weed words2

Weeding Helps

Here’s a link to SmartEditI downloaded the free trial version and copied my novel into it. It spit out a sheet of all my overused words, clichés, tags, etc., so I could find my weeds easier. There are other tools out there on the web as well, if you’re willing to look for them.


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Charissa Stastny hails from Las Vegas, Nevada, but has never pulled the handle of a slot machine and can’t shuffle cards to save her life. Since 4th grade, she has envisioned herself an author after writing the creative work, The Creature from McGool, and continuing in shame to pen some cheesy romance scenes as a teenager. Thankfully, she has matured somewhat and is a member of the Idaho Writer’s Guild and tries hard not to spread too much cheese around in her writing now. She graduated from Brigham Young University and enjoys writing, reading, hiking and biking. She resides in Idaho’s Treasure Valley with her husband and children (where card shuffling isn’t required).



Eyes of Light by Charissa Stastny

Secret Keepers by Charissa Stastny
Hands of Mercy by Charissa Stastny


Thanks for your insight, Charissa. I’ve noticed in my writing and others that when there’s a lot of useless words, I struggle to focus and catch the meaning. (It’s my short attention span.)

Our job as authors is to get our message across in a clear, easily-read format. We don’t want readers tripping over cluttered sentences. That’s why I love your weeding analogy. It’s perfect. My flowerbeds are prettier when I aggressively weed. My books will be, too.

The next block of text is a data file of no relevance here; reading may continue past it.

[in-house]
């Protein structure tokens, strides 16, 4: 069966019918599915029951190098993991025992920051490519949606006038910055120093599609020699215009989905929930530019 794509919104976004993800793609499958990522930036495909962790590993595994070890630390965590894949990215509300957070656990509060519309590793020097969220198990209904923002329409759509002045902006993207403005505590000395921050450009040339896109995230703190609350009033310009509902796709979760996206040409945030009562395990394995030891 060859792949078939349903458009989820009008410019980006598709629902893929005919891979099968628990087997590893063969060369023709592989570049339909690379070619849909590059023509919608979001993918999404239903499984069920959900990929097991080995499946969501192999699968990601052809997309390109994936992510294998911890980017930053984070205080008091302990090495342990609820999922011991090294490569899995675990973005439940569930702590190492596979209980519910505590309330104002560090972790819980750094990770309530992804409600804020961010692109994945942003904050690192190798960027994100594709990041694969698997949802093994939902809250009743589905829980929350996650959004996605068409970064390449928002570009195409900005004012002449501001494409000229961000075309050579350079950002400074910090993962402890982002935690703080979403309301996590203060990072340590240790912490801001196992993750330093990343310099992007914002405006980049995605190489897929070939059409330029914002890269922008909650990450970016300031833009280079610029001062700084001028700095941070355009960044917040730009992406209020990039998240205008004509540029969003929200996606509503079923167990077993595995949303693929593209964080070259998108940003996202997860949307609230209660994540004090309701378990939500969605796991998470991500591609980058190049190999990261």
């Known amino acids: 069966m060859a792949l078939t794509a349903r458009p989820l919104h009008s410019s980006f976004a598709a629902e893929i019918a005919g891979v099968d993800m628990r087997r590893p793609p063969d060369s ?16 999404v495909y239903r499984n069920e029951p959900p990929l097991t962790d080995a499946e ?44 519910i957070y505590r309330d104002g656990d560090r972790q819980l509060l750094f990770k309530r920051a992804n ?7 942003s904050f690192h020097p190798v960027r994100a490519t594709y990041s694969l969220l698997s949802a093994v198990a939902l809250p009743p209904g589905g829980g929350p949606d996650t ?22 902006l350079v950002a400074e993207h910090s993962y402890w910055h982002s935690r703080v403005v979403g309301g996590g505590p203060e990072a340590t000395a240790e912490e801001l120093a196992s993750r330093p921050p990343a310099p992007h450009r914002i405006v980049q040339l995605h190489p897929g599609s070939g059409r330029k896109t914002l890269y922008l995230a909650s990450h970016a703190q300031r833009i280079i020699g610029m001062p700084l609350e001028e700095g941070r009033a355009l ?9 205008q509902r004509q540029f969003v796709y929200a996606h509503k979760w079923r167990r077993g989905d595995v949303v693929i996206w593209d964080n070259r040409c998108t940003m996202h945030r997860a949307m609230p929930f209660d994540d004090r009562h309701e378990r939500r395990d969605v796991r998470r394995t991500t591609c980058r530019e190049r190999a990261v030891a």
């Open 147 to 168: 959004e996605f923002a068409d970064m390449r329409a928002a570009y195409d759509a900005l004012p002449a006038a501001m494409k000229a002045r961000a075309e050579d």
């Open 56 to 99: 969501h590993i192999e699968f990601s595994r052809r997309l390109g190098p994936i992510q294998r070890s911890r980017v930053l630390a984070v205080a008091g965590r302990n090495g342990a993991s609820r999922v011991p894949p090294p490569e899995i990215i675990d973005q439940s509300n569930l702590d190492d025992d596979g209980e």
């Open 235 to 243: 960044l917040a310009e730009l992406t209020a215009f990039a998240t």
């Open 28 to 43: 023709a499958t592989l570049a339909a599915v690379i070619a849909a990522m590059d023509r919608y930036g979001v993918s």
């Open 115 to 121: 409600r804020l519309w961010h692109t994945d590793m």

I took one of my finished projects and plugged it into Smart Edit. Very cool. It calculated all my adverbs, repeated phrases, misused words, and clichés. You know. The whole DON’T DO THIS! list. I didn’t even know this software existed, so thanks, Charissa! Free trial here. Now I have a lot of weeding to do. Yikes.

(By the way, are those your gardens above, Charissa? If so, I’m impressed. Mine never look that good. I hate weeding. Haha.)

Thanks so much for your thoughts, Charissa, and for being our first guest on MARCH BOOK MADNESS. If you don’t know it yet, Charissa is a super nice person with a ton of knowledge. You should follow her blog here.


What ideas do you have on weeding your words? What words are peskiest in your writing? How do you zap the stubborn ones? Join the discussion below.





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Check out last year’s MARCH BOOK MADNESS here.